Unit Eight. The Living Environment
36.8. Patterns of Circulation in the Ocean
Patterns of oceanic circulation are determined by the patterns of atmospheric circulation, which means that indirectly, the currents are driven by solar energy. The radiant input of heat from the sun sets the atmosphere in motion as already described, and then the winds set the ocean in motion. Oceanic circulation is dominated by the movement of surface waters in huge spiral patterns called gyres, which move around the subtropical zones of high pressure between approximately 30 degrees north and south latitudes. These gyres, indicated by the red and blue arrows in figure 36.13, move clockwise in the Northern Hemisphere and counterclockwise in the Southern Hemisphere. The way they redistribute heat profoundly affects life not only in the oceans but also on coastal lands. For example, the Gulf Stream, in the North Atlantic (the red-colored arrow, meaning it carries warm waters), swings away from North America near Cape Hatteras, North Carolina, and reaches Europe near the southern British Isles. Because of the Gulf Stream, western Europe is much warmer and more temperate than eastern North America at similar latitudes. As a general principle, western sides of continents in temperate zones of the Northern Hemisphere are warmer than their eastern sides; the opposite is true of the Southern Hemisphere.
Figure 36.13. Oceanic circulation.
The circulation in the oceans moves in great surface spiral patterns called gyres; oceanic circulation affects the climate on adjacent lands.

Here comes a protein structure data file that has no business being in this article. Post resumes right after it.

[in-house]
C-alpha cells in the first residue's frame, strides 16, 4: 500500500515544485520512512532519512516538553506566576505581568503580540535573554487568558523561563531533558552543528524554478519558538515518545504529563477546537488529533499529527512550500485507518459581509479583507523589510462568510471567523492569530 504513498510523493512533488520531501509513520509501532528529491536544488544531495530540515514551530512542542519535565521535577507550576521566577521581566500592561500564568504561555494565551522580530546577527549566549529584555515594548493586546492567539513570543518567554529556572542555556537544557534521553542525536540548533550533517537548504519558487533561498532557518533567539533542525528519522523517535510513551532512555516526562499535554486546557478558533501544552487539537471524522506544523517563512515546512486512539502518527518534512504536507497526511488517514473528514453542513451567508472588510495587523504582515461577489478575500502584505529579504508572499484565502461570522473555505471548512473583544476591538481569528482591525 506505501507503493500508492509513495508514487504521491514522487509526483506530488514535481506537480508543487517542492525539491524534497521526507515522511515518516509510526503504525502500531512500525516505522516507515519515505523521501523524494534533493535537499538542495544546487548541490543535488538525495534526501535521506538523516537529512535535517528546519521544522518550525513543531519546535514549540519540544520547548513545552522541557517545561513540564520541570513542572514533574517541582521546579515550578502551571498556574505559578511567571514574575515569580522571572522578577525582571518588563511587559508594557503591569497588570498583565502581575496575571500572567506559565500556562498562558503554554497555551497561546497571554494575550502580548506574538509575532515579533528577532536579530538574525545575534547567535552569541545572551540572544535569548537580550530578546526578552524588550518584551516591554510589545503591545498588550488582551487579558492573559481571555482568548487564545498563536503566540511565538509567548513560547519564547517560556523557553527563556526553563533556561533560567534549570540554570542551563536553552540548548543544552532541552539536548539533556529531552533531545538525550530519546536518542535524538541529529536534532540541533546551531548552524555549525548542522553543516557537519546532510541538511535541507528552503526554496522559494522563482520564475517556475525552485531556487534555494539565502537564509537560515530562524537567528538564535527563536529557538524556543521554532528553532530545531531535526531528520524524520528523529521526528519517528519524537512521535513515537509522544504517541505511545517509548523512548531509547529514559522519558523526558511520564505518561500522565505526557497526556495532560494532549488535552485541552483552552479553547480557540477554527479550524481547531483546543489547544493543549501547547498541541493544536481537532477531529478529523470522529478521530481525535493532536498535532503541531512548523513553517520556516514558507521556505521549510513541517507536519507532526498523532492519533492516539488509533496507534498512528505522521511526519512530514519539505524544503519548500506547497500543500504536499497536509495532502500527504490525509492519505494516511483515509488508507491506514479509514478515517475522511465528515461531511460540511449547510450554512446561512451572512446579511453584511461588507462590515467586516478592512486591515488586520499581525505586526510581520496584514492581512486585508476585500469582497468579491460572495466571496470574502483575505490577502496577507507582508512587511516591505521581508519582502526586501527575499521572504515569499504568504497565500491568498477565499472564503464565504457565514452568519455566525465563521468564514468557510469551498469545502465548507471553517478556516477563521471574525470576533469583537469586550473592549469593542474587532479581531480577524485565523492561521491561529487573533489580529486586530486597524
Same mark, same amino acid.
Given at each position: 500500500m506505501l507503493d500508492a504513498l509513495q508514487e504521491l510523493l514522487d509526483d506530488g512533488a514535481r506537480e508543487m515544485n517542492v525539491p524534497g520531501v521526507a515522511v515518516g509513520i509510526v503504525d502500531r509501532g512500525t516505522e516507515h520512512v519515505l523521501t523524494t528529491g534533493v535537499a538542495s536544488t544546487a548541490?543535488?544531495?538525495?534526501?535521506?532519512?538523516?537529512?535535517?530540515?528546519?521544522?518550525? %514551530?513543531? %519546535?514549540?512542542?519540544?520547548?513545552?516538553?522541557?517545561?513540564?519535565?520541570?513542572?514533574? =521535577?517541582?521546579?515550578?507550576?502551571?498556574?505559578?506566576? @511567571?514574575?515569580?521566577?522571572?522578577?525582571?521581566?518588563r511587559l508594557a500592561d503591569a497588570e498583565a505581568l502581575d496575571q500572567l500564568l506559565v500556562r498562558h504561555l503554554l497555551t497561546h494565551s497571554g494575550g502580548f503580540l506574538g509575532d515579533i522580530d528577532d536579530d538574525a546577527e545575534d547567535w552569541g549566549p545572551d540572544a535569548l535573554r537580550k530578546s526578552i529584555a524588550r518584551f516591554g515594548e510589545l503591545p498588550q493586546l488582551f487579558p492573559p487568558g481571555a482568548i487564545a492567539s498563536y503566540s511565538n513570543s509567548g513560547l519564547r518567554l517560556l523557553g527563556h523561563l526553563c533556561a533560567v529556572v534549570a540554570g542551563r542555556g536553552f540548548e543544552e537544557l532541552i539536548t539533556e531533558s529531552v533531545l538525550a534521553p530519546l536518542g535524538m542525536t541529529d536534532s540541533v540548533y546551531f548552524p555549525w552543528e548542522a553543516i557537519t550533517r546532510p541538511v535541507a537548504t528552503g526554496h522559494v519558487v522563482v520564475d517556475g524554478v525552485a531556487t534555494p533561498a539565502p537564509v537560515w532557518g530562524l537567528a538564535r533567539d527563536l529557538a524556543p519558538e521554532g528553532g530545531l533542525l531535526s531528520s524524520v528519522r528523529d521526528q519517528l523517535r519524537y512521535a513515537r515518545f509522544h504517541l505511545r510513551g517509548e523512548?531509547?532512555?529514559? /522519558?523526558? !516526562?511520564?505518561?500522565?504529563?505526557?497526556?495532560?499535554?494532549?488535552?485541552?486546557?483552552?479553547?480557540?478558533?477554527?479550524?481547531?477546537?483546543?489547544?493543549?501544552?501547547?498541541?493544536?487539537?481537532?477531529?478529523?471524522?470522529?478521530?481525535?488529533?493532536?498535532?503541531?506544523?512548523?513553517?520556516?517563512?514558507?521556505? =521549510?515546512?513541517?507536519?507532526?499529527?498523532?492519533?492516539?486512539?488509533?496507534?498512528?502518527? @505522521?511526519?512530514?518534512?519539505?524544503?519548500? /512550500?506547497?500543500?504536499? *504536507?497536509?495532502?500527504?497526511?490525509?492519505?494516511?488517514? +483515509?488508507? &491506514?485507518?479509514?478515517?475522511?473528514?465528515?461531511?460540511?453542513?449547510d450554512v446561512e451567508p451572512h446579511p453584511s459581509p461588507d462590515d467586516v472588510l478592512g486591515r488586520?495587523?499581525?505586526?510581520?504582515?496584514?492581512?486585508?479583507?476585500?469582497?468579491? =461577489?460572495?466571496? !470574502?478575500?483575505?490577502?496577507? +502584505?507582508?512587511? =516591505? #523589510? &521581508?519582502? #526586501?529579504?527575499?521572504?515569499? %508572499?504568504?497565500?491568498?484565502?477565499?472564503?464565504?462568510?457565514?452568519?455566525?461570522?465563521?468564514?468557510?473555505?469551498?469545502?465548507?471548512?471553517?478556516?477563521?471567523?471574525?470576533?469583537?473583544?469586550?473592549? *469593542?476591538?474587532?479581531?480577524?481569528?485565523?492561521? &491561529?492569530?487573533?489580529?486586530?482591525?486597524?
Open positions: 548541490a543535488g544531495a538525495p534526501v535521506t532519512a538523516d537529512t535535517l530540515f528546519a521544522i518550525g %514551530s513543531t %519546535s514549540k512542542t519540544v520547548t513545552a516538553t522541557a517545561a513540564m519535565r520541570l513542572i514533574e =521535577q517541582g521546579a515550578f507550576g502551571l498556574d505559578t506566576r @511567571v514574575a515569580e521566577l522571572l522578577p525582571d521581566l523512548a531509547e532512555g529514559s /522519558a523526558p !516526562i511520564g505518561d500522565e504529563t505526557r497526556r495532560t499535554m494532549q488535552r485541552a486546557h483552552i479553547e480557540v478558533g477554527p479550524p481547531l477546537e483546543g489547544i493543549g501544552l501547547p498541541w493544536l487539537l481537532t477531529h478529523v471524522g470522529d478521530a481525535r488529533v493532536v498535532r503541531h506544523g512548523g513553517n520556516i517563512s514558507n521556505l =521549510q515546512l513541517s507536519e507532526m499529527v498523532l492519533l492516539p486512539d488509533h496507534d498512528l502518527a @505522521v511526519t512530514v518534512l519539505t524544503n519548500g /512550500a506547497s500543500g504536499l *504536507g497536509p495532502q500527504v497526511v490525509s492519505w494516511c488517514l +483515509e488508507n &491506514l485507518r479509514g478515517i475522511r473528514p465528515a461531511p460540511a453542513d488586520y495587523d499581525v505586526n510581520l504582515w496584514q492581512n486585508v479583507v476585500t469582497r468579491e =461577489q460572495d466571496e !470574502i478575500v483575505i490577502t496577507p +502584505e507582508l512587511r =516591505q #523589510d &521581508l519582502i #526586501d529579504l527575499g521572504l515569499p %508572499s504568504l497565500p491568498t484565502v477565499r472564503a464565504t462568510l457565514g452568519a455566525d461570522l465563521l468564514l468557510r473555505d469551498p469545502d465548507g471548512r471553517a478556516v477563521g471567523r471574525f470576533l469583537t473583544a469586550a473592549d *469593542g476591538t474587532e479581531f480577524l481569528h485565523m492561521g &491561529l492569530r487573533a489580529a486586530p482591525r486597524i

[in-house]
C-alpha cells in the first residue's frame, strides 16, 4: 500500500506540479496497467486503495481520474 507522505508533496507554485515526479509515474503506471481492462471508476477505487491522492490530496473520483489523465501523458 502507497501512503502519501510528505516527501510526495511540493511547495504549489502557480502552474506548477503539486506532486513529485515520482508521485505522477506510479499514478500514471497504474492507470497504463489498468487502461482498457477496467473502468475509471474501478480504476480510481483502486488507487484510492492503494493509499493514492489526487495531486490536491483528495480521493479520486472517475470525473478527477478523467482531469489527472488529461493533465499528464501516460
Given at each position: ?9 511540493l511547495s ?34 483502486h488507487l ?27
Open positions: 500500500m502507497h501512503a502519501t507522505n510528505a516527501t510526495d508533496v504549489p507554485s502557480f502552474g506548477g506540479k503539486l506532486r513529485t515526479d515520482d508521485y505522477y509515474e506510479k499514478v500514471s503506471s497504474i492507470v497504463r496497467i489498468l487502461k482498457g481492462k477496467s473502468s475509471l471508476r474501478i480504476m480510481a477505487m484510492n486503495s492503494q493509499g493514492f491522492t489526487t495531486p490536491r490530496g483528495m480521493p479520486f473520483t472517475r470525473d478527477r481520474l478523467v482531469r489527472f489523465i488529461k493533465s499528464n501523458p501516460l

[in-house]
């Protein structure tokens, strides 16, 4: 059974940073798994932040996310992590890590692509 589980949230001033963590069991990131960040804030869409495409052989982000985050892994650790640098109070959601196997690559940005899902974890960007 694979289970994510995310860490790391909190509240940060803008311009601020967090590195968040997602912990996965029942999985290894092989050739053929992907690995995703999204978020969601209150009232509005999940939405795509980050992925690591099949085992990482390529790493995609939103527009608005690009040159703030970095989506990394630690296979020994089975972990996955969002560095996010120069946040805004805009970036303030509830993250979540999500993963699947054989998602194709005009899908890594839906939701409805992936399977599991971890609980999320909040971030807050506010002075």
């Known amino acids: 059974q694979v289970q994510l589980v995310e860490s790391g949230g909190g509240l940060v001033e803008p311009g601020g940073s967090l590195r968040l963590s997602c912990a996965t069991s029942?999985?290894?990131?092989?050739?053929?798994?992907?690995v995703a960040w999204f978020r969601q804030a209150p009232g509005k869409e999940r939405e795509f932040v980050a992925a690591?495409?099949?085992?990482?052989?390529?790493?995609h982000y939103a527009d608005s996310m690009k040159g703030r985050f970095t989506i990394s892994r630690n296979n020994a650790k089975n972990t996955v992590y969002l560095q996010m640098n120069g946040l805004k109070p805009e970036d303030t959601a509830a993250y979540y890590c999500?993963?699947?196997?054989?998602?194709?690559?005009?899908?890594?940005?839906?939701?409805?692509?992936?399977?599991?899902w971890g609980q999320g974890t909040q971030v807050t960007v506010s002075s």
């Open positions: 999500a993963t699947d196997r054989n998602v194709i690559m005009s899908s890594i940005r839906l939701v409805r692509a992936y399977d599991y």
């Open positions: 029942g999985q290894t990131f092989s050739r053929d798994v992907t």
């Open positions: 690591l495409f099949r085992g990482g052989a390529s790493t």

Off the western coast of South America, the Humboldt Current carries phosphorus-rich cold water northward up the west coast. Phosphorus is brought up from the ocean depths by the upwelling of cool water that occurs as offshore winds blow from the mountainous slopes that border the Pacific Ocean. This nutrient-rich current helps make possible the abundance of marine life that supports the fisheries of Peru and northern Chile. Marine birds, which feed on these organisms, are responsible for the commercially important, phosphorus-rich guano deposits on the seacoasts of these countries.
El Nino Southern Oscillations and Ocean Ecology
Every Christmas a warm current sweeps down the coast of Peru and Ecuador from the tropics, reducing the fish population slightly and giving local fishers some time off. The local fishers named this Christmas current El Nino (literally, “the child,” after the Christ Child). Scientists have adopted the term El Nino Southern Oscillation (ENSO) to refer to the dramatic version of the same phenomenon, one that occurs every two to seven years and is not only felt locally but on a global scale.
Scientists now have a pretty good idea of what goes on in an El Nino. Normally the Pacific Ocean is fanned by constantly blowing, east-to-west trade winds. These winds push warm surface water away from the ocean’s eastern side (Peru, Ecuador, and Chile) and allow cold water to well up from the depths in its place, carrying nutrients that feed plankton and hence fish. This warm surface water piles up in the west, around Australia and the Philippines, making it several degrees warmer and a meter or so higher than the eastern side of the ocean. But if the winds slacken briefly, warm water begins to slosh back across the ocean (indicated by the darker red band stretching between Australia and the northern coast of South America in figure 36.14), causing an El Nino.